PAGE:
For his part, Gromyko laid heavy
emphasis on cautioning Kennedy

O,
.e

Infiltrate'Uj',
Writer Says
McGriff Promises
To Find 'Something'
By MICHAEL OLINICK

EXpose

Subversive

.
..

FOR MSU:
Hannah Presents
Growth Program

The Southeast Asia Treaty
Organization foreign ministers
yesterday in Bangkok said they
were prepared to take all neces-
sary steps to prevent Commu-
nist capture of Laos.
In Vientiane, the pro-West-
ern Laotian government called
on SEATO to settle the civil
war that is the focus of the
East-West opposition in the
kingdom.
And in Washington, the
State Department said that the
American transport reported
missing in Laos had been shot
down over rebel territory.
Details and picture on page
three.
that there should be no overt ac-
tion until the Soviet, government
has replied to a British proposal
to bring an end to the civil war
in Laos in two steps:
1. Imposition of a cease fire
policed by an international con-
trol commission.
2) An international conference
to try for a permanent, peaceful
settlement.
Gromyko apparently was trying
to head off any military interven-
tion by the Southeast Asia Treaty
Organization, whose foreign min-
isters opened a three-day session
yesterday in Bangkok.
Kennedy and Prime Minister
Harold Macmillan of Britain con-
ferred at Key West and reported.
what was described as "absolute
agreement" on Laos.
There were scattered signs that
Russian Premier Nikita S. Khrush-
chev is beating a retreat from any
idea of leaping over the Laotian
brink into a'war that could em-
broil the world.
The not-unfriendly tone Gro-
myko used after conferring with
Kennedy was one bit of evidence.
Another straw which may indi-
cate a favorable direction of the
Russian wind came in an article in;
Pravda which said the Soviet
Union will welcome negotiations.

Communists have infiltrated
many of the nation's colleges, in-
cluding the University and Wayne
State University, a Detroit news-
paperman has charged.
In a 38-page pamphlet called
"Commies on the Campus" re-
leased last week, Floyd McGriffl
is attempting to "bring to the at-
tention of those interested in set-
ting up counter forces to leftists,
Communists and other un-Ameri-
cans on our campuses the facts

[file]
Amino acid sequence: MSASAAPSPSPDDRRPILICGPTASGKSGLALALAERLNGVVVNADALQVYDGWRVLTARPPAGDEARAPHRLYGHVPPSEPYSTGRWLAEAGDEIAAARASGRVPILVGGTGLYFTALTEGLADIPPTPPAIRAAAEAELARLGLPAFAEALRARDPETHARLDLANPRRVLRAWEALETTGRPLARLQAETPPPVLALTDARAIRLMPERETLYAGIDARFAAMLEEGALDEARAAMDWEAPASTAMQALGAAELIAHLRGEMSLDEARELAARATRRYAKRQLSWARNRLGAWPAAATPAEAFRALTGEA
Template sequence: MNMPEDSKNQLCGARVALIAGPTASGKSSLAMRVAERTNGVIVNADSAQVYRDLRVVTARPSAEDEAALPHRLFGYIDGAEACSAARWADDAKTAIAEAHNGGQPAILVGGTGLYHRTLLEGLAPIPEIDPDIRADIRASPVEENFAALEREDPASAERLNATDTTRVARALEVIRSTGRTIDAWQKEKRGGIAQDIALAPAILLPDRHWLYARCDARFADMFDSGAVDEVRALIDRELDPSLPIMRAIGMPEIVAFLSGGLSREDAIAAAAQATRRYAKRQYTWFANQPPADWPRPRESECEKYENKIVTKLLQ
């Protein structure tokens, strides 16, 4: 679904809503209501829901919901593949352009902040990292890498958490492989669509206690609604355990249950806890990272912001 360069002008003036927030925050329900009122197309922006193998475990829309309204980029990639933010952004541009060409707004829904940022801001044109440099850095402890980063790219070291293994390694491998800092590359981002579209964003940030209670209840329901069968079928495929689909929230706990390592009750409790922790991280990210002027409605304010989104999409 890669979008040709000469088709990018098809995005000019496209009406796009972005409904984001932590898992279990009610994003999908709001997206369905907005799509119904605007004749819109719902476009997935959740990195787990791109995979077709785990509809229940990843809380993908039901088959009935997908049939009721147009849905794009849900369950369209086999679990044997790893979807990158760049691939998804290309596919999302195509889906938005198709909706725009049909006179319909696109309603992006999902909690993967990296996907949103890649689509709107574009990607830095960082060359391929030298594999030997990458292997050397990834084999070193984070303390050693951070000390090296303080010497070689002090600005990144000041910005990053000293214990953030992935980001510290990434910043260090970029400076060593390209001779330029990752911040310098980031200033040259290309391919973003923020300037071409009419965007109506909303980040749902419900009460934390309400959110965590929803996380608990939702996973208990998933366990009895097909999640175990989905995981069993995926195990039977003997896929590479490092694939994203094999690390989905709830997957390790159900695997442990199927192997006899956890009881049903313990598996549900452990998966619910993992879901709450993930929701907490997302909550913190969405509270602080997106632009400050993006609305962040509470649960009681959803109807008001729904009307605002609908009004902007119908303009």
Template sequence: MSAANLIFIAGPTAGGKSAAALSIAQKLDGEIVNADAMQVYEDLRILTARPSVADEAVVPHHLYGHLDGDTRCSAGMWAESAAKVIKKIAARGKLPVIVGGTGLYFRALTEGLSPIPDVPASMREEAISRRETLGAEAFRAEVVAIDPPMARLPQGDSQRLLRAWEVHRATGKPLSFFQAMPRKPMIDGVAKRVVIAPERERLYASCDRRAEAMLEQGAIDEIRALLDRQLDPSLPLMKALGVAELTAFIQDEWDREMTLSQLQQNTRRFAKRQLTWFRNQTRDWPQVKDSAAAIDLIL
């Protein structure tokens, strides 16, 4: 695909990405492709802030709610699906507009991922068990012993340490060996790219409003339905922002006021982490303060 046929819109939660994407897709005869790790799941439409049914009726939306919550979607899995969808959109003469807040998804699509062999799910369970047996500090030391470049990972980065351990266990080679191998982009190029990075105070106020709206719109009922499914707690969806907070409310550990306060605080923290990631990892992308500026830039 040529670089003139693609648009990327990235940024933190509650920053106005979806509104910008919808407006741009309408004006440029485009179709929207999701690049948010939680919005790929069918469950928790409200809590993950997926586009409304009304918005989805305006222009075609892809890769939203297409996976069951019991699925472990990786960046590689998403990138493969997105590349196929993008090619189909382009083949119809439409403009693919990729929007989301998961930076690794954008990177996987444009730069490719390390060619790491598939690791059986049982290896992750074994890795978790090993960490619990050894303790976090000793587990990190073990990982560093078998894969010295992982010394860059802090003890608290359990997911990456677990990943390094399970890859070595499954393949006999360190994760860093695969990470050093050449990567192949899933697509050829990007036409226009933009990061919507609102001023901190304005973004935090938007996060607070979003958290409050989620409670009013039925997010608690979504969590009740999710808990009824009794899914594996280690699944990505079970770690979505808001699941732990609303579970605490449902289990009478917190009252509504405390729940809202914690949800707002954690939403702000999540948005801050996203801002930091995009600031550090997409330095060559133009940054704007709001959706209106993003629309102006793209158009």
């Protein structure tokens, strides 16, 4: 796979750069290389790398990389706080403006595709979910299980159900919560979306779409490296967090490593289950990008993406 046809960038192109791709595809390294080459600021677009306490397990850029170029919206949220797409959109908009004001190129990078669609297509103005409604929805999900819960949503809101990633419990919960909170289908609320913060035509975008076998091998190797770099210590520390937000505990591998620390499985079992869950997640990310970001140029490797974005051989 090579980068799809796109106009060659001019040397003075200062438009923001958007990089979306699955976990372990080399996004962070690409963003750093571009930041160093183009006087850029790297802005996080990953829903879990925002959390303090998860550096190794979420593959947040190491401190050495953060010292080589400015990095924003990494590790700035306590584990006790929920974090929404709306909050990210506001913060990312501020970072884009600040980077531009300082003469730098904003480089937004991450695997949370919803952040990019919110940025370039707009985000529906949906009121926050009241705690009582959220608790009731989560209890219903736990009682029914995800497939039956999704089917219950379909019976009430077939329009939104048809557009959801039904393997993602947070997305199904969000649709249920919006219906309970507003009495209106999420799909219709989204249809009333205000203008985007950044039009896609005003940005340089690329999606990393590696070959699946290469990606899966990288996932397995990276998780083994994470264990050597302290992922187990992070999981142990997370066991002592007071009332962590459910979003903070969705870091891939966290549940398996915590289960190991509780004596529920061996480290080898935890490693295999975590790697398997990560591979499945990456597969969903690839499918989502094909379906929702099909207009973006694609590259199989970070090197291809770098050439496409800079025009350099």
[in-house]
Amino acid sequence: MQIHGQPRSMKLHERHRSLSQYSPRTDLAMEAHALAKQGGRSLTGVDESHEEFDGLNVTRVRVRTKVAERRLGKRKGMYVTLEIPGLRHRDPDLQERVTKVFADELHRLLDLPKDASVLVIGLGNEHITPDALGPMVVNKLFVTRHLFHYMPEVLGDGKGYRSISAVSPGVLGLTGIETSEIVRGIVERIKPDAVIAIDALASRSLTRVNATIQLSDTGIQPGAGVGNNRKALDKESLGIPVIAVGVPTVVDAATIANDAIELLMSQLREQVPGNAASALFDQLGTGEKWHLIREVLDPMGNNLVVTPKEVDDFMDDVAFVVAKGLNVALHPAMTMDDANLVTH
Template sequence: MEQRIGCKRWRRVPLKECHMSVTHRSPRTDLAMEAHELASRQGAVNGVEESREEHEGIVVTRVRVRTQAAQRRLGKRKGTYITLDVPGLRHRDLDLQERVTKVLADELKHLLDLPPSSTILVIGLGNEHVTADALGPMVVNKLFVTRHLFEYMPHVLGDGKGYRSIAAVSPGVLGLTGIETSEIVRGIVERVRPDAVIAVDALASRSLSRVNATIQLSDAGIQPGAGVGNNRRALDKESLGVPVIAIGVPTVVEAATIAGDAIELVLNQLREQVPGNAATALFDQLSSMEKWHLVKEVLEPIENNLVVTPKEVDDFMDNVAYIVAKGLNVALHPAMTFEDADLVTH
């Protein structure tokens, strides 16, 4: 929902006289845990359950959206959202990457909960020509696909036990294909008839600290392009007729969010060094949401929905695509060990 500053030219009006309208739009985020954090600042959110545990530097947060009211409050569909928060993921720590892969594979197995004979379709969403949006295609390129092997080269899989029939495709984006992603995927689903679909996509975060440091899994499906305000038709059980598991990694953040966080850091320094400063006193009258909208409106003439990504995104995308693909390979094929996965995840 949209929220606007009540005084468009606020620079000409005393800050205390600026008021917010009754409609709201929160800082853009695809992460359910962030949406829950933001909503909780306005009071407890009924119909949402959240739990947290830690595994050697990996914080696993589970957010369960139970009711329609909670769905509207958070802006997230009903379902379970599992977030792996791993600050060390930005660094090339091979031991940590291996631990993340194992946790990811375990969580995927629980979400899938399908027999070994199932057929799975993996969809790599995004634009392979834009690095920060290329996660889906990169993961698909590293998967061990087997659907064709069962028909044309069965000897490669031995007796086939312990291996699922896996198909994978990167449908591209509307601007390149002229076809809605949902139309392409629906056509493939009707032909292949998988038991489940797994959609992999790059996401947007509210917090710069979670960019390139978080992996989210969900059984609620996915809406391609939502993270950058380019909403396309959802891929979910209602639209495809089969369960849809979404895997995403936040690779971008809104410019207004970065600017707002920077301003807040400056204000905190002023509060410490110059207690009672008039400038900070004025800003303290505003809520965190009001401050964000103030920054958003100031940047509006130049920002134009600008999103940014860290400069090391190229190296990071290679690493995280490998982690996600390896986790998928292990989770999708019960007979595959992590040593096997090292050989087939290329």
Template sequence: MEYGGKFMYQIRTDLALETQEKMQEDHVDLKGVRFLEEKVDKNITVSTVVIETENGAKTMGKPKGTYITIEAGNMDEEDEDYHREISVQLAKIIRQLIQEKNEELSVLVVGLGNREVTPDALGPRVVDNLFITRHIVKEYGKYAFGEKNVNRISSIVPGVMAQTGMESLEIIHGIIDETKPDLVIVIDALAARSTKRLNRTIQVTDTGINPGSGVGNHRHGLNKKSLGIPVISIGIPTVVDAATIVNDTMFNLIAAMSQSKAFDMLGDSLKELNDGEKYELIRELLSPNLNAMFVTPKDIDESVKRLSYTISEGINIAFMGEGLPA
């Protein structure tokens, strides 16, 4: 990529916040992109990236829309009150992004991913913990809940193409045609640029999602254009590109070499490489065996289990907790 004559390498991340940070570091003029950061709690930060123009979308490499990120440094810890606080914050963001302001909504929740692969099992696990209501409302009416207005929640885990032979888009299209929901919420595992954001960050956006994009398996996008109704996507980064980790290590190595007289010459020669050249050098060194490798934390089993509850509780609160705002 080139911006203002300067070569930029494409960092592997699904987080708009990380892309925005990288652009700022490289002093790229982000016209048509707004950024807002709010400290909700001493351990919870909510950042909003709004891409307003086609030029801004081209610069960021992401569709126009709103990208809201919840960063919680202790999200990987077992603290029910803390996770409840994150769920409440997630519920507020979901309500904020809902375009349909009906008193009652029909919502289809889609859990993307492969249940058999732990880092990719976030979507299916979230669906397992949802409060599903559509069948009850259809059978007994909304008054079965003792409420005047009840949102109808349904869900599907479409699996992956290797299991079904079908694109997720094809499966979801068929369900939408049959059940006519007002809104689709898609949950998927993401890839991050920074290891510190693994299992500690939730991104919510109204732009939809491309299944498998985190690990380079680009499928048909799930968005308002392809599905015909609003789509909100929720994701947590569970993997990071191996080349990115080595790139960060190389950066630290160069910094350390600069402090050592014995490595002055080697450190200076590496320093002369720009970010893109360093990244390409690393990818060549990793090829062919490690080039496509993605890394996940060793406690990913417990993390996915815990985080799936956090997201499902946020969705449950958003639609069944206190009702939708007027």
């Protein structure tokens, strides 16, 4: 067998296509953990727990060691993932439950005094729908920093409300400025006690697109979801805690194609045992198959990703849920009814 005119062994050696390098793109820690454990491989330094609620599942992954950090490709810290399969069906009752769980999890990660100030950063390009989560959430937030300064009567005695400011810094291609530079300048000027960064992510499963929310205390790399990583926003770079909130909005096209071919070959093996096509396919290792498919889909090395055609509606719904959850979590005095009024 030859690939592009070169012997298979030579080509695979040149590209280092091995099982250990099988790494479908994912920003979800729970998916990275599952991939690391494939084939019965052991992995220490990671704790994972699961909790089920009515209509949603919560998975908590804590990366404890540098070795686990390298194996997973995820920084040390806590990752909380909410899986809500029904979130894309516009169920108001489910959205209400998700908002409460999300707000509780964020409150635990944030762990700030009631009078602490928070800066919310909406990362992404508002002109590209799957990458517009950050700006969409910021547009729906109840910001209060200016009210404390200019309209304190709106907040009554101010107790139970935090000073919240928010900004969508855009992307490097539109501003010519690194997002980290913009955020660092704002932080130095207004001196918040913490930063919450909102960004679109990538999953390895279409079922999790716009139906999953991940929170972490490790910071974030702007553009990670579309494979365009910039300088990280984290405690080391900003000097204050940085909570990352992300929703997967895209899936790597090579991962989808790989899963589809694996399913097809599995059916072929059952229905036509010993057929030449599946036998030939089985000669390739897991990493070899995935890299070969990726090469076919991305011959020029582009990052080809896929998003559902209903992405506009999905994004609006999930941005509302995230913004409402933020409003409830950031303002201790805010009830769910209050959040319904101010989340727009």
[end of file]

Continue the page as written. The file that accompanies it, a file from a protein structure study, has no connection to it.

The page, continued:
about subversive infiltration."
McGriff, who identifies himself
as an editorial adviser to his son
Jack's Detroit Suburban News-
papers, cited the House Committee
on un-American Activities' 1954
investigation of faculty as an in-
dication of Communist influence
within the University.
Attacks WSU
While admitting he was un-
familiar with present University
atmosphere, McGriff said, "Give
me two weeks (of investigation)
and I'll tell you something.
He attacked the WSU adminis-
tration for its opposition to ROTC
and for lifting a ten-year-old ban
against Communist speakers.
"WSU has opened the doors to
a million dollar soapbox from
which leftists can spew and spawn
parts of a Communist creed with-
out opposition."
Too Immature
Although he believes college stu-
dents are too immature to listen to
Communist propaganda, McGriff
does not oppose debates on the
merits of the Soviet system. "I
would like nothing better than to
see Khrushchev answered by some-
one like Henry Cabot Lodge."
The newsman criticized unreal-
istic professors who experience is
too limited to be effective teachers.
"You have some of these profes-
sors whb have done nothing but
read books and read more books
and don't know anything trying
to. teach our young people."
He related his personal back-
ground to his analysis of the poli-
tical situation, at WSU. McGriff
claims to have studied communism
in Detroit for 25 years after serv-
ing with American forces in Rus-
sia in 1919. He also wrote a thesis
on Karl Marx in 1911 when he was
at Indiana State University.

LANSING (JP)-President John A. Hannah of Michigan State Uni-
versity yesterday outpined a seven-point program to help MSU meet
"the growing problems of financing and rising enrollments."
The proposals, affecting the undergraduate level mainly, were ex-
plained at a meeting of the MSU faculty and staff last night. The
plan, Hannah said, will be presented. to the board of trustees at its
March 31 meeting. The first proposal is to encourage students to as-
+sume progressively more responsi-
for their own learning,
through-among other things -
"far more comprehensive" advis-
ing by the faculty.
Others include:
Facilitating learning by defin-
. ing educational objectives more
concretely and specifically and or-
.'::>>ganizing courses and curricula to
serve the purposes of the students.
Redefining the responsibilities of
faculty members with reference to
rank and the most productive use
of their time.
I ..f Establishment of a Learning Re-
sources Center including aims such